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Published Date:22-07-2017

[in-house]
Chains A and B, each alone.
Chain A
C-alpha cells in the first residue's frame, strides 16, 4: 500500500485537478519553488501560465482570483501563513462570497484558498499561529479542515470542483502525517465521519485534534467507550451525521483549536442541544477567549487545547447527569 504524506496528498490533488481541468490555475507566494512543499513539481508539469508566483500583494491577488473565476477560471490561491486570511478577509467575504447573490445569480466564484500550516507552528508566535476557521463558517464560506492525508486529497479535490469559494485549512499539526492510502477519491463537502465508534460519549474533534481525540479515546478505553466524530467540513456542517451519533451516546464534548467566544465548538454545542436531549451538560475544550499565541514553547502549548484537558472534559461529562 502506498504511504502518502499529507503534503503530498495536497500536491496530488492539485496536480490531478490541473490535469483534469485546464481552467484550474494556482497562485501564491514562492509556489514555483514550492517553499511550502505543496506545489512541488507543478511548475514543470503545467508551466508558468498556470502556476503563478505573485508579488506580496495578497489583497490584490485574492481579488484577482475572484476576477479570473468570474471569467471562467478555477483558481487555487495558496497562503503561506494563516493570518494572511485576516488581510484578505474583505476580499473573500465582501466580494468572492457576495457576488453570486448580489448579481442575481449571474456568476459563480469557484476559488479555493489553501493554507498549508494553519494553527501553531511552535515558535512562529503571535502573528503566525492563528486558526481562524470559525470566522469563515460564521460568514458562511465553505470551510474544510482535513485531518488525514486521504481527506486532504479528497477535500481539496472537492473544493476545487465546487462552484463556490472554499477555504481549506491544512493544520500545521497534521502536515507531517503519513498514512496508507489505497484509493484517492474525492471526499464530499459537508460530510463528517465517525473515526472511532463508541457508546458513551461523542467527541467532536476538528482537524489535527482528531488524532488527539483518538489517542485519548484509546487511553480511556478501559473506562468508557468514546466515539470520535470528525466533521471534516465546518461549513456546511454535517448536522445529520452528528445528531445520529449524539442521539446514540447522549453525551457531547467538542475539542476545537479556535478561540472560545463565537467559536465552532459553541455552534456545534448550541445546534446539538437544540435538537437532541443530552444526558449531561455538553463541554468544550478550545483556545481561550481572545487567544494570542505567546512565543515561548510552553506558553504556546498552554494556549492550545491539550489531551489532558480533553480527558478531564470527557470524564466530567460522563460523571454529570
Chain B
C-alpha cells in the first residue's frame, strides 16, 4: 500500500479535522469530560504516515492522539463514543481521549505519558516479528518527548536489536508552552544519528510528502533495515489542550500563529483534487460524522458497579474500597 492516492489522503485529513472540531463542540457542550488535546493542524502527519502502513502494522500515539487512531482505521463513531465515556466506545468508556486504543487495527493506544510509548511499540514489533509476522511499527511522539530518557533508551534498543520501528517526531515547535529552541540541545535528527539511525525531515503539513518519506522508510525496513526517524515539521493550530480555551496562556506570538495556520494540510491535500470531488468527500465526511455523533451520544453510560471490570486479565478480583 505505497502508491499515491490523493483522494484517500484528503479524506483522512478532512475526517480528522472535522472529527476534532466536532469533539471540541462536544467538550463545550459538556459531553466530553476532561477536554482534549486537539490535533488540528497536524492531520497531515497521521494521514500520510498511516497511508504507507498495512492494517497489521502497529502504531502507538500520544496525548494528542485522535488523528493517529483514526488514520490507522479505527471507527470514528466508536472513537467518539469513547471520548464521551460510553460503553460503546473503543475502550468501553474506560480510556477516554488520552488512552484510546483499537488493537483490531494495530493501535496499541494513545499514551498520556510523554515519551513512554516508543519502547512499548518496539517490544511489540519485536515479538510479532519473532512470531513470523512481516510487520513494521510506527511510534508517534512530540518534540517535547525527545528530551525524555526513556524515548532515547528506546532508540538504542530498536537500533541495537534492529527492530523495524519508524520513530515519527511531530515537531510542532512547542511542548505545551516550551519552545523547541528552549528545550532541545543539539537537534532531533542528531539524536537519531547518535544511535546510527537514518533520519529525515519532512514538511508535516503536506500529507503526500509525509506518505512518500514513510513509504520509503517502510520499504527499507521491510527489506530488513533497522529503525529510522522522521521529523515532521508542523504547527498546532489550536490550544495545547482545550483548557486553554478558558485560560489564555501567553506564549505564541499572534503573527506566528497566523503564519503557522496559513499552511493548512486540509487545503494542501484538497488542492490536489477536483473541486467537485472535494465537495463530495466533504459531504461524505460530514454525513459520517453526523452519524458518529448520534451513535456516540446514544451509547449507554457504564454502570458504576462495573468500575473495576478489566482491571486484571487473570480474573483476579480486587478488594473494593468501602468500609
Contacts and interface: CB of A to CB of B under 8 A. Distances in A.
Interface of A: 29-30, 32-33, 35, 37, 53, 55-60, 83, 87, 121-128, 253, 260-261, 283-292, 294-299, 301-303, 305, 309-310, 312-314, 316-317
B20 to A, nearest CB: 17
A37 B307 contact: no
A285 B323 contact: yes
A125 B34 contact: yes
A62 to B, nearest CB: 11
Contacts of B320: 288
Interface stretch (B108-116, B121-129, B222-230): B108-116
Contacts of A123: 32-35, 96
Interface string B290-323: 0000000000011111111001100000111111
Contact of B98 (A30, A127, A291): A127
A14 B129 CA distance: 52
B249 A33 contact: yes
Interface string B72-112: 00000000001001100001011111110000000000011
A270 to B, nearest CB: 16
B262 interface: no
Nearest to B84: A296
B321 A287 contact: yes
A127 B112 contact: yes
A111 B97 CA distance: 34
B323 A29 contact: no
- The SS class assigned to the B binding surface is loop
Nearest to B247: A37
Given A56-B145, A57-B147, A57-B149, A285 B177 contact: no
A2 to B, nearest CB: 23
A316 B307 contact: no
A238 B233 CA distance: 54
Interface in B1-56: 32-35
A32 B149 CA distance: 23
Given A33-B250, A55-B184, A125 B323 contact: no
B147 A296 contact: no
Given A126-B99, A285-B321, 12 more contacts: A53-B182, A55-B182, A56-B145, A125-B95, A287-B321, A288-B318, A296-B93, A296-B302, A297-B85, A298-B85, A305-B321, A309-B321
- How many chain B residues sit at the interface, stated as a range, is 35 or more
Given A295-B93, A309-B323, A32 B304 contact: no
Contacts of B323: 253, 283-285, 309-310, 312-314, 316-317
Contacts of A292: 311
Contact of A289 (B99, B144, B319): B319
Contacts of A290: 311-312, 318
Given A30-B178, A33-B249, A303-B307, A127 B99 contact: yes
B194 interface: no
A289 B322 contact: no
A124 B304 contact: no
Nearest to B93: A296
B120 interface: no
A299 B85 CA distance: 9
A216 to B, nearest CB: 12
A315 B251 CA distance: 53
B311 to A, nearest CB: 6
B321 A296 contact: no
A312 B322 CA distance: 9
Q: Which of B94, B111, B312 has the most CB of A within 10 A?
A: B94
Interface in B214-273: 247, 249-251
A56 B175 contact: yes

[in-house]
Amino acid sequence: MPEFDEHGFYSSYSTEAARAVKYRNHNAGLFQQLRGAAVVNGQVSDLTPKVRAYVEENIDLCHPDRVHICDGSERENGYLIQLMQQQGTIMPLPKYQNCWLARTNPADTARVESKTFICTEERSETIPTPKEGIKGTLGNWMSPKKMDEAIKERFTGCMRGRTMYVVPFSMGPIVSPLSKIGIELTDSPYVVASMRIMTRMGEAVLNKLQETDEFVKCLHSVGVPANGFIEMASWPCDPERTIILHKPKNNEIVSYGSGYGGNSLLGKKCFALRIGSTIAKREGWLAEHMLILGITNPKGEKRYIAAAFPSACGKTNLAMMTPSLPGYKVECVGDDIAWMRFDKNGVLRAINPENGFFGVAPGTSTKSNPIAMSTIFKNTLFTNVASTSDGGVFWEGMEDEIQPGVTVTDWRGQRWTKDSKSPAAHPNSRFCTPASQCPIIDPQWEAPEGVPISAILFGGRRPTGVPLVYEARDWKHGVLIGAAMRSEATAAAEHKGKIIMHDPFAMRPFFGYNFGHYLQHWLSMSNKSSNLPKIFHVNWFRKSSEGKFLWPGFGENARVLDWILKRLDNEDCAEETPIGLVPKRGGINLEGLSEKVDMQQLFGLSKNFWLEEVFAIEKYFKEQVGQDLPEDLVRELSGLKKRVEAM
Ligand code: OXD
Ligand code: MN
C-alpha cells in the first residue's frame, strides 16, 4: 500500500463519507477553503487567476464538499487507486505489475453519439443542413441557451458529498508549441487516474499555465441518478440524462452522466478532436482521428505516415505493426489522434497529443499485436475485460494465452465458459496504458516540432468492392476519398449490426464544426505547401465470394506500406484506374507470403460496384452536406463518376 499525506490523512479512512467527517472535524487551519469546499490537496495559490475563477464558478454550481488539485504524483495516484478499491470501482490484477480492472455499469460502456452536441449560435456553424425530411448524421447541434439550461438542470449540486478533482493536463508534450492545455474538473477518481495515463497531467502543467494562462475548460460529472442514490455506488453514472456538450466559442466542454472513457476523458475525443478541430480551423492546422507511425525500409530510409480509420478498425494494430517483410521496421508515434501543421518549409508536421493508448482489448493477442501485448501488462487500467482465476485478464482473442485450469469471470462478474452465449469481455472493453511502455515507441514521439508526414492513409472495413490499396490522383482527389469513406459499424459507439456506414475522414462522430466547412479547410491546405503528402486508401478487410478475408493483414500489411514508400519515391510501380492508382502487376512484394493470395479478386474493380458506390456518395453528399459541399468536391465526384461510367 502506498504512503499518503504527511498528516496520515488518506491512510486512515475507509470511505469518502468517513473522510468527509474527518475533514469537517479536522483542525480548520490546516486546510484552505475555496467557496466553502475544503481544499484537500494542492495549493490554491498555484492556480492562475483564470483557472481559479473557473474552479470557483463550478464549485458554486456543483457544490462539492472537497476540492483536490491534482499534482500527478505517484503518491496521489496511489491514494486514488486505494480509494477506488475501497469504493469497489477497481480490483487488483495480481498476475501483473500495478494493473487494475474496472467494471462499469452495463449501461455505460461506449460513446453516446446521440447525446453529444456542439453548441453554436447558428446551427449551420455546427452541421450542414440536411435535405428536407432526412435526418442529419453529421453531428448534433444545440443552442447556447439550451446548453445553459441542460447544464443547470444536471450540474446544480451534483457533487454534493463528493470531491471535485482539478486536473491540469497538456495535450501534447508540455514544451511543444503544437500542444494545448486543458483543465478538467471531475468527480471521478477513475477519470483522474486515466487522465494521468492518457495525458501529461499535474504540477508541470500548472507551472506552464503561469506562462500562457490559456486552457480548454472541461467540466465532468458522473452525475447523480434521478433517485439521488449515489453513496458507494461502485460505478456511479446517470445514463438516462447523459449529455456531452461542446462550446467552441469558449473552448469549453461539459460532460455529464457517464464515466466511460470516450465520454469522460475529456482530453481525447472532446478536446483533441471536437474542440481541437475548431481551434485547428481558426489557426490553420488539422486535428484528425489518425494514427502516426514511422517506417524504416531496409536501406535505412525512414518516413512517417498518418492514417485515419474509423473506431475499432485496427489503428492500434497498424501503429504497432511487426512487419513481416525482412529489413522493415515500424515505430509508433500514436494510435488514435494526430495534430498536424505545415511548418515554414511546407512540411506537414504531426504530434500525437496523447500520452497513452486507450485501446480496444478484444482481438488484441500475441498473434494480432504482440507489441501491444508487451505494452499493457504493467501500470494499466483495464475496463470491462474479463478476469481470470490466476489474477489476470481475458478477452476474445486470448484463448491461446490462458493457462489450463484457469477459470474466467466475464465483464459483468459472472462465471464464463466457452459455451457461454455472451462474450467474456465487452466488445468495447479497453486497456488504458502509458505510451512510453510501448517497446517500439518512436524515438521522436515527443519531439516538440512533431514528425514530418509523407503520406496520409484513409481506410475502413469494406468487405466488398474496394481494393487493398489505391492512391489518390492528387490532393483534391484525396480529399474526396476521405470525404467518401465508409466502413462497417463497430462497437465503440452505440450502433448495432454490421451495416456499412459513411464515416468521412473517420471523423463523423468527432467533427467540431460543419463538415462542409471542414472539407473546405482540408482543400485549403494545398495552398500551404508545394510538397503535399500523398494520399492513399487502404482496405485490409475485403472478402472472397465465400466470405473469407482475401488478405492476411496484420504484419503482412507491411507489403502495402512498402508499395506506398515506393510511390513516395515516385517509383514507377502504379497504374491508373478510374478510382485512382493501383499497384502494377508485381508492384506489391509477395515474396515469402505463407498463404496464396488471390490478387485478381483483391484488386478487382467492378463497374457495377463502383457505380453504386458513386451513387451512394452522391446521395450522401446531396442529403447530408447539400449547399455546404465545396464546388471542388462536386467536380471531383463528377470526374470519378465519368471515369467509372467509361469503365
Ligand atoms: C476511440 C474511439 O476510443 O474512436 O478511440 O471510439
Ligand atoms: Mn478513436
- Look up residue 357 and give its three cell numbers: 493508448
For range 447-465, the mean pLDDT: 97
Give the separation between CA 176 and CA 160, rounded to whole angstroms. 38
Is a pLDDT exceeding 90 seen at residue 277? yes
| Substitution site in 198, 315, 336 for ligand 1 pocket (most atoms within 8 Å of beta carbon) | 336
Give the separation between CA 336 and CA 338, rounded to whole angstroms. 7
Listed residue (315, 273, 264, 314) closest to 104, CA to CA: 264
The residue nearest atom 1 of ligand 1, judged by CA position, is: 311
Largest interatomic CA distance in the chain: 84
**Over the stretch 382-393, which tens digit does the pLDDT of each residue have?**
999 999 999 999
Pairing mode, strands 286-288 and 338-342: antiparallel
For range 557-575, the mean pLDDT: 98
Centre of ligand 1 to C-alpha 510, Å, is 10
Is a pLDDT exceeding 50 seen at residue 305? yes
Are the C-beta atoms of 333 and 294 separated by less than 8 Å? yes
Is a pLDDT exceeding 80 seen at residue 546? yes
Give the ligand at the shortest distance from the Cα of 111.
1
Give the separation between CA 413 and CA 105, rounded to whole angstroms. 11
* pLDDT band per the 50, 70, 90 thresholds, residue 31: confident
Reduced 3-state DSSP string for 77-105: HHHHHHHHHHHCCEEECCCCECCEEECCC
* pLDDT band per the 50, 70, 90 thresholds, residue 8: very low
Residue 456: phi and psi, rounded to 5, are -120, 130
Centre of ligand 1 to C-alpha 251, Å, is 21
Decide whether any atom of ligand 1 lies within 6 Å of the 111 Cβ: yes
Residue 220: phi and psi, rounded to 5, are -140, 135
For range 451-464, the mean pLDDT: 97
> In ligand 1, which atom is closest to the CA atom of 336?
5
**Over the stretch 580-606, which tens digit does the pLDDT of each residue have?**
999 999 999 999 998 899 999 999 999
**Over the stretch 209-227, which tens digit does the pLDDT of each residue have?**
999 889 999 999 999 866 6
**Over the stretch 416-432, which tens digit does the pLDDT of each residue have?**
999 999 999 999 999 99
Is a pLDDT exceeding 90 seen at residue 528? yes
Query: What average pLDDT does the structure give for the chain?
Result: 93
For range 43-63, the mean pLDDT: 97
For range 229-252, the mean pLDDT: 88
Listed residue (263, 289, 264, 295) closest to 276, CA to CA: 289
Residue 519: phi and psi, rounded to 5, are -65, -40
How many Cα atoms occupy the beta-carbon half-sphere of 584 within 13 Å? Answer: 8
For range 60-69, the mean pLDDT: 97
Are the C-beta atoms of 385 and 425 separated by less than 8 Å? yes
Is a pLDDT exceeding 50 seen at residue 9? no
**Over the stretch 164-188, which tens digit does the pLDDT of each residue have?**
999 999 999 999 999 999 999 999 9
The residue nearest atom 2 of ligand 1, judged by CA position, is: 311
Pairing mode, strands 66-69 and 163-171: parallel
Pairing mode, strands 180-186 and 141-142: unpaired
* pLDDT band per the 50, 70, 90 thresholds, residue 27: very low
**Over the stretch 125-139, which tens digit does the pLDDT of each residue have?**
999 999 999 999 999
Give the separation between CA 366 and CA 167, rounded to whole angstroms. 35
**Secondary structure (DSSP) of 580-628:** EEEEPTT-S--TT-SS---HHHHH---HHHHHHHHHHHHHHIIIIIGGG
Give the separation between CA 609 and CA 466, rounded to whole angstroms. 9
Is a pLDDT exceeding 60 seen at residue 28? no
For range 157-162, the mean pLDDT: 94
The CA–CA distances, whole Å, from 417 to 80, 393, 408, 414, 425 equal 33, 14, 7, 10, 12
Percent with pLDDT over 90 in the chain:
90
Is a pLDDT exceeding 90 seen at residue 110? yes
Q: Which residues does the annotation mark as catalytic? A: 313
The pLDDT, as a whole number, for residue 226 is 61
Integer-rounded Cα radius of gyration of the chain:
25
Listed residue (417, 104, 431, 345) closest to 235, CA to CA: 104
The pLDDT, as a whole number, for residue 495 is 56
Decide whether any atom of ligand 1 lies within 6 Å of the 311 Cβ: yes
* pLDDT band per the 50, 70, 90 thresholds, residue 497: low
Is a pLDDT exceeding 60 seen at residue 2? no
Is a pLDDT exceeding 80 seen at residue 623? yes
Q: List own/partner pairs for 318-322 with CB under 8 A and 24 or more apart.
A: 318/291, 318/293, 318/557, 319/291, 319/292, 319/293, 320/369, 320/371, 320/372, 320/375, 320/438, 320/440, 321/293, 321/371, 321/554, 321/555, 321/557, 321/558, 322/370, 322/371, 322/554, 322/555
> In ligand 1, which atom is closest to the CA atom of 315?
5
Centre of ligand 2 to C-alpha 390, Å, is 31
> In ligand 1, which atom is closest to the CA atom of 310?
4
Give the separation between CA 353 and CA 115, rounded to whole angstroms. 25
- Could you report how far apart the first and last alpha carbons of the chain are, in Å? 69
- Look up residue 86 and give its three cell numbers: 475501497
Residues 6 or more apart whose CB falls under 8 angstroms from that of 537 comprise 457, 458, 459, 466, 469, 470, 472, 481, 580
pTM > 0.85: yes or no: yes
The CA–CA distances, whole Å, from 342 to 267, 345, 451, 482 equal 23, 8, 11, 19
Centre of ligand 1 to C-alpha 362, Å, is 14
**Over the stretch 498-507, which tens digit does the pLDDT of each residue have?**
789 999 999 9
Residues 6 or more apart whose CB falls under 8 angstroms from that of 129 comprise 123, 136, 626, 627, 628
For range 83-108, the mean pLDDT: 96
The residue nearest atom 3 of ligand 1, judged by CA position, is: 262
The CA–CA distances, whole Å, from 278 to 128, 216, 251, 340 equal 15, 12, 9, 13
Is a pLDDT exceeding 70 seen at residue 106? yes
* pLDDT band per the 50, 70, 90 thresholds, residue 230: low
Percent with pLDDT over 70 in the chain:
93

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Chapter 3 MOTIVATION, LEADERSHIP AND ENTREPRENEURSHIPMotivation -course outline  Human needs  Maslow’s Hierarchy of needs  Motivation – Introduction  Types of Motivation  Attitude Motivation; Group Motivation; Executive Motivation  Techniques of Motivation  Motivation Theories www.ThesisScientist.com1. Motivation The term motivation is derived from the word ‘motive’ which may be defined as needs, wants, drives or impulses within an individual. ‘Motivation is a general term applying to the entire class of drives, desires, needs, wishes and similar forces that induce an individual or a group of people to work.’ From the definitions, it is clear that motivation has two aspects: 1. The knowledge of human needs. 2. To inspire the employees to their best towards the goals of the enterprise. The employers use the finding of the study of motivation in making their employees’ work more and better in the accomplishment of the organization ‘s objectives through satisfaction of the employee’ needs. www.ThesisScientist.comI. Human Needs Expectation of the worker: 1. Certain goals to be fulfilled. 2. Right to choose a specific job. 3. Responsibility to fulfill his reasonable goals. Understanding human behavior: 1. Understand the behavior. 2. Integrate the interests and needs of the employers with the objectives of the organization. 3. Un co-operative, indifferent, unfriendly. 4. Have full knowledge of human behavior. 5. Know what satisfies the employee. 6. Co-operative working environment. www.ThesisScientist.comII. Maslow’s Hierarchy of Needs Maslow advanced three important propositions about human behavior. 1. Men are wanting being: Their needs are unlimited and continuous. As soon as one need is satisfied, another appears in its place. The process is unending. It continues from birth to death. It keeps man to work continuously. 2. Fresh needs can motivate persons to work: A satisfied need is not a motivator of behavior, only the needs which are not satisfied are capable of motivating individuals. 3.Man’s needs have a hierarchy of importance: According to Maslow man’s needs are arranged in a series of levels. He classified the needs into five ascending levels, in which each level must be satisfied before going on to the next. The lower level needs have priority over higher level needs. www.ThesisScientist.comII. Maslow’s Hierarchy of Needs www.ThesisScientist.comII. Maslow’s Hierarchy of Needs Needs can be broadly classified into two categories as follows: 1. Primary needs: i. Physiological (basic): Satisfying basic needs for food, shelter, clothing, water, air, sleep, sex etc. ii. Safety: Safety from physical harm. Protection against deprivation, danger, threat etc. 2. Secondary needs: i. Social: Desire to be accepted, liked and loved. ii. Ego/esteem: Recognition and need for self-respect, status, independence etc. iii. Self-realization: Ability to realize one’s capabilities and to work for one’s interest (self-development, self- advancement). www.ThesisScientist.comIII. Motivation- Introduction Motivation—the forces within the individual that account for the level, direction, and persistence of effort expended at work. – Extrinsic rewards —valued outcomes given to someone by another person. – Intrinsic rewards —valued outcomes that occur naturally as a person works on a task. The following characteristics make the study of motivation very complicated: 1. One type of need is different individuals produce different behaviors. 2. Needs keep on changing absolutely and their intensity changes from time to time. 3. People cannot express some of their needs in specific terms for social, cultural and other factors. 4. In any situation more than one need may be operating. www.ThesisScientist.comIII. Motivation- Introduction Outcomes & Inputs – Regardless of the source of motivation, people seek outcomes. • Outcome: anything a person gets from a job. – Examples include pay, autonomy, accomplishment. – Organizations hire workers to obtain inputs: • Input: anything a person contributes to their job. – Examples include skills, knowledge, work behavior. – Managers thus use outcomes to motivate workers to provide inputs. www.ThesisScientist.comIII. Motivation- Introduction Motivation Equation www.ThesisScientist.comIV. Types of Motivation There are many different forms of motivation. Each one influences behavior in its own unique way. No single type of motivation works for everyone. People’s personalities vary and so accordingly does the type of motivation, that is most effective at inspiring their conduct. • Incentive: A form of motivation that involves rewards, both monetary and nonmonetary is often called incentive motivation. Many people are driven by the knowledge that they will be rewarded in some manner for achieving a certain target or goal. Bonuses and promotions are good examples of the type of incentives that are used for motivation. • Fear: Fear motivation involves consequences. This type of motivation is often one that is utilized when incentive motivation fails. In a business style of motivation often referred to as the, “carrot and stick,” incentive is the carrot and fear is the stick. www.ThesisScientist.comIV. Types of Motivation • Achievement: Achievement motivation is also commonly referred to as the drive for competency. We are driven to achieve goals and tackle new challenges. We desire to improve skills and prove our competency both to others and to ourselves. Generally, this feeling of accomplishment and achievement is intrinsic in nature. • Growth: The need for self-improvement is truly an internal motivation. A burning desire to increase our knowledge of ourselves and of the outside world can be a very strong form of motivation. We seek to learn and grow as individuals. • Power: The motivation of power can either take the form of a desire for autonomy or other desire to control others around us. We want to have choices and control over our own lives. We strive for the ability to direct the manner in which we live now and the way our lives will unfold in the future. • Social: Many people are motivated by social factors. This may be a desire to belong and to be accepted by a specific peer group or a desire to relate to the people in our sphere or in the larger world. We have an innate need to feel a connection with others. We also have the need for acceptance and affiliation. www.ThesisScientist.comV. Attitude Motivation, Group Motivation and Executive Motivation Attitude or self motivation: Being self-motivated means being ready for driven, focused discussion and behavior. It also means being sharp and smart enough not to be manipulated and to be open to positive learning. Being in this state of mind is the challenge Causes of decrease in self-motivation. 1. Monotonous work. 2. Driven by boss. 3. Bad physical condition. 4. Does not get along with associates. 5. Financial problem. www.ThesisScientist.comV. Attitude Motivation, Group Motivation and Executive Motivation Effects of decrease in self-motivation. 1. Unwilling to work. 2. Creates sympathy. 3. Inferiority complex. Solutions to decrease in self-motivation. 1. Making the job more interesting. 2. Thinking constructively. 3. Making the best possible use of one’s strong points and not dwelling on weakness. 4. Adopting oneself to the situation. 5. Acquiring the sensible and worthwhile principle of life. www.ThesisScientist.comV. Attitude Motivation, Group Motivation and Executive Motivation Necessities of Group Motivation • Fairness • Truthfulness • Honesty • Loyalty • Stability • Tolerance • Ability to assume responsibility and co-operation • Constructive criticism • Compromise when necessary • Orderliness in mind and action • A sense of humor www.ThesisScientist.comV. Attitude Motivation, Group Motivation and Executive Motivation Executive Motivation • Greater degree of the need for achievement. • Concerned more about actualization, esteem and social needs. Techniques  They are doing something that they call their own.  They do tasks they have set for themselves.  They can see what they have done.  They feel that their job is important.  They are secure.  Challenge in work.  Belief in the value of the work. www.ThesisScientist.comV. Attitude Motivation, Group Motivation and Executive Motivation Reasons for low executive motivation. Unsatisfactory bosses. Advancement is limited. Poor pay. Security threatened. www.ThesisScientist.comVI. Techniques of Motivation 1. Financial Motivators. a. Money 2. Non-financial motivators. a. Appraisal, praise or recognition. b. Status and pride. c. Competition. d. Delegation of authority. e. Participation. f. Job security. g. Job enlargement. h. Quality of work life. www.ThesisScientist.comVII. Motivation Theories • McGregor’s Theory X - Y • Fear and Punishment Theory • Alderfer’s ERG Theory • MacClelland’s Theory of learned needs • Herzberg’s Hygiene Maintenance Theory • Vroom’s Expectancy/ Valency Theory www.ThesisScientist.comA. McGregor’s Theory X - Y The concept of Theory X and Theory Y managers was first developed by Douglas McGregor. He was able to show that Theory Y managers are better able to create employee engagement. Theory X workers: • Don’t like working • Do as little as they can get away with • Don’t like things to change • Need to be told what to do • Cant be trusted to make a decision • Are only interested in MONEY • Must be closely watched • Cant be trusted or relied upon